Paulo Coelho (via psych-facts)
Day 60 Words to live by
October 2, 2013 (Day 61)
Love in the time of Leprosy
It was around 2 PM. I just had my lunch and headed back to the Internal Medicine OPD. Excited. Tired. Expecting the next patient on my roster.
I called the man’s name. He was slightly frail, wearing a mask and a cap. I check out the papers. He was referred to the department for co-management of his probable tuberculosis on top of his leprosy. I was hesitant and scared. Part of me wants to protect myself from getting an infection. Part of me wants to help the patient.
I procured a mask for fear that the leprosy of the patient may still be infectious. On probing, it was only his first week of medications. Was I being judgmental? I wanted to protect myself, but at the same time I did not want to appear offensive. I asked the Dermatologist also at the OPD if I need to wear gloves as I examine the patient. She said I don’t have to if there are no open lesions.
I was still half-hearted honestly. I was scared. But, I examined him nevertheless, with my bare hands. I met leprosy face to face and got hold of that disease which was thought to be incurable decades ago. People were isolated because of this long time ago. In the advent of the medications for this, it became easily treatable.
Leprosy and the healing touch.
One of my most favorite books in med school.
Day 64 Life of Pi
”Just sing with your heart and you’ll never go out of tune.”
I just sang my heart out, with all the confusions of the tenor’s gazillion “doo’s” and we won! Good job class 2014. 2014 is <3. :)
Day 62 Christmas. Chorals. Medicine.
Oscar Wilde (missdelaney—)
1st Pedia Patient.
We were given a one-month old baby girl, who looks otherwise well, except, she was positive for G6PD (glucose-6-phosphate dehydrogenase) deficiency. In a nutshell, this enzyme is responsible for neutralizing the poisons which may attack the red blood cells. She tested positive for this diseases via the newborn screening. For management, she was sent to the National Institute of Health to confirm the diagnosis.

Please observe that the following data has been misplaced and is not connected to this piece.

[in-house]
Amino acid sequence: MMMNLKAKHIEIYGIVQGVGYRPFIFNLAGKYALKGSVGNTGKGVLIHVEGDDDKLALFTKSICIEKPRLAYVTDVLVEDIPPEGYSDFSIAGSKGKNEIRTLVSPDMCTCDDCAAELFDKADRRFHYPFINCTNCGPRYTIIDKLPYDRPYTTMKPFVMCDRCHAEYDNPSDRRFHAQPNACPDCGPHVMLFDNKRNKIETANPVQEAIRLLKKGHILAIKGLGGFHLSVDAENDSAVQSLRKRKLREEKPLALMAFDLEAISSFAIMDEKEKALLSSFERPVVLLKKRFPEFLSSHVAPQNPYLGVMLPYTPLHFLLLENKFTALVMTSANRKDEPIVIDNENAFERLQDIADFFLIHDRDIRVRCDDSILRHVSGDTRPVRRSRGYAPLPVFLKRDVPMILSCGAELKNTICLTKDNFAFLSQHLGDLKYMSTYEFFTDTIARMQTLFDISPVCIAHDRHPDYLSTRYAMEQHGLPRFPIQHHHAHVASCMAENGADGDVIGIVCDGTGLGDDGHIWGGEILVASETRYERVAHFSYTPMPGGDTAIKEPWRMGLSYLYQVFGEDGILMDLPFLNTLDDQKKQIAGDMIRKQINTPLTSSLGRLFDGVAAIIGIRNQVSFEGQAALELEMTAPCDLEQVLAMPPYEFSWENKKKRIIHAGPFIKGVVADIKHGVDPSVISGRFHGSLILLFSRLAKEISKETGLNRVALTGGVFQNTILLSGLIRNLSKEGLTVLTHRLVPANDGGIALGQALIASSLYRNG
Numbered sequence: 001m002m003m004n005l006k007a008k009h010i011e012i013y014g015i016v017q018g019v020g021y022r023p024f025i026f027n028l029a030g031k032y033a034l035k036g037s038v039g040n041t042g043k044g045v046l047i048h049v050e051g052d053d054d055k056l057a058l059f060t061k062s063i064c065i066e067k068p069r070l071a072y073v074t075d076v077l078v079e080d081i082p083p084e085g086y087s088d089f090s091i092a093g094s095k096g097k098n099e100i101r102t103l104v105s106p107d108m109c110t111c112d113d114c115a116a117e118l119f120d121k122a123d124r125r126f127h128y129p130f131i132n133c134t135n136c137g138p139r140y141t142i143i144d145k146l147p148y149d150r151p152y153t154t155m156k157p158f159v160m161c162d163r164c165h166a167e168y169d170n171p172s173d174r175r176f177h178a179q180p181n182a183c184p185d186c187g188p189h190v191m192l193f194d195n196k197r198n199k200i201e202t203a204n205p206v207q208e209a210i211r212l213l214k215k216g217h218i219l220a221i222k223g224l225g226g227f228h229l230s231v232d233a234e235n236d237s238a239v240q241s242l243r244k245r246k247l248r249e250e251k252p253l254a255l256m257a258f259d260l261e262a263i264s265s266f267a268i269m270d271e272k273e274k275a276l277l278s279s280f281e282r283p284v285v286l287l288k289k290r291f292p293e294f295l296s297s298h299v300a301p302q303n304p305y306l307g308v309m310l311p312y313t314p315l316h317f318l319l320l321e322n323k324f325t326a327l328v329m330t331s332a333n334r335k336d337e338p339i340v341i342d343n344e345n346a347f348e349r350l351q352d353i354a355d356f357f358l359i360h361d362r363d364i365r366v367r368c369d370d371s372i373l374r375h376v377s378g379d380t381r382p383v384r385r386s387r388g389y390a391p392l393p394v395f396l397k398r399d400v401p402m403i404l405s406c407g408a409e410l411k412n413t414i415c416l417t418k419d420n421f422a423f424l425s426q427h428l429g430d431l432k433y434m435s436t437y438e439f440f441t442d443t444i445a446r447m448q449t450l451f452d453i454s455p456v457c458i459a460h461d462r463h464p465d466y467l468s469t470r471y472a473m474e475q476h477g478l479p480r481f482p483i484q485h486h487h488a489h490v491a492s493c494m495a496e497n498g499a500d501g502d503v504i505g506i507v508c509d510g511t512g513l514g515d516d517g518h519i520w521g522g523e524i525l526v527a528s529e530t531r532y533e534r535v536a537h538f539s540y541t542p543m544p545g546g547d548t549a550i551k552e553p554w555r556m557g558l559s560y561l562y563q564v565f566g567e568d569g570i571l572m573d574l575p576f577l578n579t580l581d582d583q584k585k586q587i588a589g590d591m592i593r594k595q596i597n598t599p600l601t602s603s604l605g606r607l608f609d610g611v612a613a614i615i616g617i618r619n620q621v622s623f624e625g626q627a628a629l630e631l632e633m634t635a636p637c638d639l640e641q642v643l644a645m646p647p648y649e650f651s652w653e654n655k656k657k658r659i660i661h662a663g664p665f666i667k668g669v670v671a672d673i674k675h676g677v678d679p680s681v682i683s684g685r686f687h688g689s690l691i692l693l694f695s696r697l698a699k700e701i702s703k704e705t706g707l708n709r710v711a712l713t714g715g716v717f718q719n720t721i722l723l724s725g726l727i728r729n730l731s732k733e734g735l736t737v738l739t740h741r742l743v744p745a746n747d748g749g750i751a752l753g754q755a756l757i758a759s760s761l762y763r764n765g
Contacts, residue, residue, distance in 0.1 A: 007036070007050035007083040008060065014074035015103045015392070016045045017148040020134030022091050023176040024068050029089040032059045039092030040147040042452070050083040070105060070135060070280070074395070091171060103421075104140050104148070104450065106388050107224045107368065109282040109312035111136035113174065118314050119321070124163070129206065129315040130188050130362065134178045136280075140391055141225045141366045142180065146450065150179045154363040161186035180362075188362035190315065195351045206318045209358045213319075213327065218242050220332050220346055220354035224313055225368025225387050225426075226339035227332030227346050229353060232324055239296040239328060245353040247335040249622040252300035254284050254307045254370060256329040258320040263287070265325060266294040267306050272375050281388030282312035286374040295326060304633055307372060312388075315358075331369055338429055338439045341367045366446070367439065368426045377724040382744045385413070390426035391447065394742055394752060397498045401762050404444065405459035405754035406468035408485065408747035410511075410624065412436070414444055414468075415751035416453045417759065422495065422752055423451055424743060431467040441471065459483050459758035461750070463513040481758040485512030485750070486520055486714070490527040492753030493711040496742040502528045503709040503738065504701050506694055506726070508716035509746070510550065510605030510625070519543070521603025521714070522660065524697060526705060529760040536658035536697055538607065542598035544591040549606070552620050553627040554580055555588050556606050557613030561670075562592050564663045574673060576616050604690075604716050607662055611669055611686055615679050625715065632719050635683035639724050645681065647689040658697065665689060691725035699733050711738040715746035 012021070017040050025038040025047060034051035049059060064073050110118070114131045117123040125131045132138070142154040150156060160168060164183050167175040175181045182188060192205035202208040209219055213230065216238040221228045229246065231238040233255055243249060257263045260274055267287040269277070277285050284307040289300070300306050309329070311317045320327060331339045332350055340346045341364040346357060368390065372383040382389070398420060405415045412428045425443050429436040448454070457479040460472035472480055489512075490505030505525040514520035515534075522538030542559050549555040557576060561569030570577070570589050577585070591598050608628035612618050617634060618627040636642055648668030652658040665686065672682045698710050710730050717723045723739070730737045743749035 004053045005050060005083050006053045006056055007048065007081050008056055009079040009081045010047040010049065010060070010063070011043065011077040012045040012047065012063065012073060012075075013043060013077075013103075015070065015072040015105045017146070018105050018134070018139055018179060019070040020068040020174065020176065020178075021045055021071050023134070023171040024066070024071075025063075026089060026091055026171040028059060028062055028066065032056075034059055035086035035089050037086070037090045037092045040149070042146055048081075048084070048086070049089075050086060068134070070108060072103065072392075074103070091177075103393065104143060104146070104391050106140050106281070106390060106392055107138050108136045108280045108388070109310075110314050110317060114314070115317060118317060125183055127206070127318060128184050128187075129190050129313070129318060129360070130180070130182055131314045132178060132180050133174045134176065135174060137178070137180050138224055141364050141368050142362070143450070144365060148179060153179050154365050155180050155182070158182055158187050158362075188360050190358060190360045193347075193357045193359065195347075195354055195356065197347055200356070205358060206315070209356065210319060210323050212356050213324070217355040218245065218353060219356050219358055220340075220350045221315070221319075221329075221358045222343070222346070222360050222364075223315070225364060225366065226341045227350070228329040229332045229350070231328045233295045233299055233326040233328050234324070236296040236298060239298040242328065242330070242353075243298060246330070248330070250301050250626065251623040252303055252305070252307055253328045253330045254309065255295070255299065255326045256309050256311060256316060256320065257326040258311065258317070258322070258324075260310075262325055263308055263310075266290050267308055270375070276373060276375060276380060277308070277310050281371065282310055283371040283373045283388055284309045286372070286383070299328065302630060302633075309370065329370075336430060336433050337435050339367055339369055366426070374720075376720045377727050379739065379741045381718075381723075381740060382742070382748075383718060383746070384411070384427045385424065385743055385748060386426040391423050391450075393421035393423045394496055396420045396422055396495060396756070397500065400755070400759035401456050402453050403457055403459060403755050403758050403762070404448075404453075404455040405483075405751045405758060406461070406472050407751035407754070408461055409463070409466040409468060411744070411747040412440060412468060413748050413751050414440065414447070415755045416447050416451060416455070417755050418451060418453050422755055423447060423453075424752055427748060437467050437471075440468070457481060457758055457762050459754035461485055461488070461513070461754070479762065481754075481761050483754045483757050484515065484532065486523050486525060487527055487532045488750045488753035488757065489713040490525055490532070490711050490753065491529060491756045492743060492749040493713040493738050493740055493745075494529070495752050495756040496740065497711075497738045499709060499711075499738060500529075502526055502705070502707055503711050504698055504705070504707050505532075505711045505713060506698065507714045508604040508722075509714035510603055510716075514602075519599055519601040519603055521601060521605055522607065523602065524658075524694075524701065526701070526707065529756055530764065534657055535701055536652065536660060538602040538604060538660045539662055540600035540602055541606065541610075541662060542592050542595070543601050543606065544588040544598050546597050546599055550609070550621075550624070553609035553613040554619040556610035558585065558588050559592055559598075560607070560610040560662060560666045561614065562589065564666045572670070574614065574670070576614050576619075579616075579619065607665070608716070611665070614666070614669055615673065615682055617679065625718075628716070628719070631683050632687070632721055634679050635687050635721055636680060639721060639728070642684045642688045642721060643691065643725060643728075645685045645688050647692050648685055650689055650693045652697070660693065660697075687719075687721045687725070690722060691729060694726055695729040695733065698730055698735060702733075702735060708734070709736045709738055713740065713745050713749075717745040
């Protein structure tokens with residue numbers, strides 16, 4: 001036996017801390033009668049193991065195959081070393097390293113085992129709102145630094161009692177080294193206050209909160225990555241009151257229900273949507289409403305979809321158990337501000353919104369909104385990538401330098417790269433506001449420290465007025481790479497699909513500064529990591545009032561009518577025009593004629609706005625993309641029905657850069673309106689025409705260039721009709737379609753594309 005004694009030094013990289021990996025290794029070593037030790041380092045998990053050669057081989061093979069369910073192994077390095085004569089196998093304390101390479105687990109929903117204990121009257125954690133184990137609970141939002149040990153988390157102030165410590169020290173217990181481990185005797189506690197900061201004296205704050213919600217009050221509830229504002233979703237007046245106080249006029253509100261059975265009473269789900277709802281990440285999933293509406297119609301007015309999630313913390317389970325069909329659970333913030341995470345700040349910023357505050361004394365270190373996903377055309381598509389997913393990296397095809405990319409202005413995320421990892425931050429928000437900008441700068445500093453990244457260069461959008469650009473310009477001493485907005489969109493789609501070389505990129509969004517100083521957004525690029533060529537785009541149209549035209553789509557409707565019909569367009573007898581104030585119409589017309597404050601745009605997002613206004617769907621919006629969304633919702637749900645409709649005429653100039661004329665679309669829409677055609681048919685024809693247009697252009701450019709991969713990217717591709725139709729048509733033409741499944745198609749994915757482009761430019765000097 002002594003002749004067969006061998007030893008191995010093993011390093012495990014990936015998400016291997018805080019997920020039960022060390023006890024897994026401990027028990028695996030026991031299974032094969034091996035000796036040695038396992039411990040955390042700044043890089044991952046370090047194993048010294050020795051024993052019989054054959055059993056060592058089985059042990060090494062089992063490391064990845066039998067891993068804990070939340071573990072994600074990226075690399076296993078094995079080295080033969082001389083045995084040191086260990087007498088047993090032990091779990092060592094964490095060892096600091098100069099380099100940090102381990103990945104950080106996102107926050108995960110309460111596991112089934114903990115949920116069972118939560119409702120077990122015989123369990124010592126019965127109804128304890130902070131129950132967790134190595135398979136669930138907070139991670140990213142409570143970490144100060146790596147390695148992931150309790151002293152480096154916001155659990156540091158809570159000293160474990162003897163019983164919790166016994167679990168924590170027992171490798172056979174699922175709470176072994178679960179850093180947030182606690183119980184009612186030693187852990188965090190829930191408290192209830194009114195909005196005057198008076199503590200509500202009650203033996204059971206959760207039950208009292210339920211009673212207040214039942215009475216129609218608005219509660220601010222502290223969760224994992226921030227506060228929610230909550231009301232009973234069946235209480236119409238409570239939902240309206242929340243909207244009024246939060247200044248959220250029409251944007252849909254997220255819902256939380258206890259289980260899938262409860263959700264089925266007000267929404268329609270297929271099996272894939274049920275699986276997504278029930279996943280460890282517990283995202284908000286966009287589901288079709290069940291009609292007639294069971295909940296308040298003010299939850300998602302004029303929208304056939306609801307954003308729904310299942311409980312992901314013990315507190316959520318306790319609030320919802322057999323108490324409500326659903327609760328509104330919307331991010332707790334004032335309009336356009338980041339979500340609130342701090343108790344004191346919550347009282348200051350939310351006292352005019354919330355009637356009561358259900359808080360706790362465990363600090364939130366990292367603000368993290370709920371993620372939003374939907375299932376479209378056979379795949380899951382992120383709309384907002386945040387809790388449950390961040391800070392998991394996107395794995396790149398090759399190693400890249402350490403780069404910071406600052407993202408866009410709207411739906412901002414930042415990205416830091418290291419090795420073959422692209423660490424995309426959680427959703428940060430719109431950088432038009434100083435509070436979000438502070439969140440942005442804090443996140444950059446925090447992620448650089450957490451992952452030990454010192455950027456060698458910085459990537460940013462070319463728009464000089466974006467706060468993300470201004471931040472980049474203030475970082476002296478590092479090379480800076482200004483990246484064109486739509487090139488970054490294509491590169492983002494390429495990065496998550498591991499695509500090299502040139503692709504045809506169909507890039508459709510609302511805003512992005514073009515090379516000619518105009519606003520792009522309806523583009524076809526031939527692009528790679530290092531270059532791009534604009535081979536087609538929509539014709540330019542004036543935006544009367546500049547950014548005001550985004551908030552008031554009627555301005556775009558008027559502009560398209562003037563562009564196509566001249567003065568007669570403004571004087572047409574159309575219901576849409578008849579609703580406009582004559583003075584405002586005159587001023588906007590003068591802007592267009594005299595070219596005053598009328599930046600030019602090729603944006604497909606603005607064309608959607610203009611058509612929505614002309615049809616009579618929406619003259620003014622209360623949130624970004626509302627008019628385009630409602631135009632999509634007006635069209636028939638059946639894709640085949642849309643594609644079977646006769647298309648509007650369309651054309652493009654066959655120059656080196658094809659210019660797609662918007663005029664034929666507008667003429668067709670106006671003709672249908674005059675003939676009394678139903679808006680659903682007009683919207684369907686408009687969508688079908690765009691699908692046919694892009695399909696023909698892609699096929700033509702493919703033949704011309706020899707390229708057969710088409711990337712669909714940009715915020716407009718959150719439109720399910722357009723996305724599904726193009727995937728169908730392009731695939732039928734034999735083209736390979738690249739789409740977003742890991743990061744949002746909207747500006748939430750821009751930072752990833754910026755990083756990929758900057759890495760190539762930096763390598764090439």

Children with this disease may present with blood in the urine and anemia.
From now on, I will try to write the patients I see, in an effort to raise awareness on medical diseases and to help my fellow health professionals reading this blog.
A patient’s head studded with multiple pellets from an assailant. The hospital is a microscopic view of the Philippines.
I just learned that a medical student in our school just passed away from medulloblastoma, a brain tumor arising from the posterior fossa or cerebellum.
I am saddened by this. I just learned of this last summer. I asked someone from their class and she told me he was able to undergo surgery and adhered to the chemoradiation regimen. But, his body was not able to fight back the tumor, as it metastasized to other parts of his body.
A wounded healer. I could identify with the young man since he is also a medical student like me. I have my own share of struggles and woundedness. And yet, we still choose to share in the woundedness of our pateints.
I pray for him. I pray for all the wounded healers out here. To this brave young man, please pray for us so that we may become the best doctors we can be.
The small things
At the Emergency Room, patients get decked to us, one after another, waiting (or not waiting) for our turn to facilitate laboratories for new patients. The resident, after writing down the patient’s story and providing his plan of management, approaches the next intern-on-duty and asks him to do the urgent labs.
I was the monitoring intern that time. My patient was supposed to be for X-ray. He is intubated. We had to order for another X-ray because the patient exhibited signs of new-onset respiratory distress, almost breathing 40 breaths per minute. My resident was considering a possible pneumothorax[abnormal collection of gas in the pleural cavity]. He kindly asked me to endorse my patient to someone, since the patient must be accompanied by an intern to the Radiology area.
There. I asked my teammate to monitor the ER for awhile until I get back. We were there at the X-ray waiting for our turn. Then, my resident followed. He said he will accompany the patient for a while so I can go and monitor the patients at the ER.
He is one of the nicest residents I know. I have never met any resident who would do intern duties (accompanying patients to other areas of the hospital). The small things that count. I am sure he will be a good doctor in the future.
A baby going on roller coaster inside the uterus of a mother.
Patiently waiting to see the world outside.
Afraid of what comes next.
Oblivious of uncertainties.
but certain of a new life outside the utero.
Nine months of progression.
36 weeks of movement.
Of floating. And loathing inside the womb of his mother.
Thriving on love and hope.
Waiting to be caught outside.
And see the twilight ahead.
We just finished our Family Medicine Rotation. I’ll post my two cents worth on that rotation some time. =) Suffice it to say that I enjoyed it. A holistic eye-opener, both on my life as a student and on the lives of my patients.
Tomorrow marks my third week as an ICC. We will be having Radiology as our next pit-stop. Plates here and everywhere. There will be less patient interaction this time. To my fellow ICC’s, let’s do this.
I am excited to learn Radio. I feel so incompetent in readings plates. Seriously.
"So I listen to the radio, and all the songs we used to know."
Each time I extract blood from a child with leukemia, I pray that I do it one shot. If not, I catch my breath, let it go, and try again.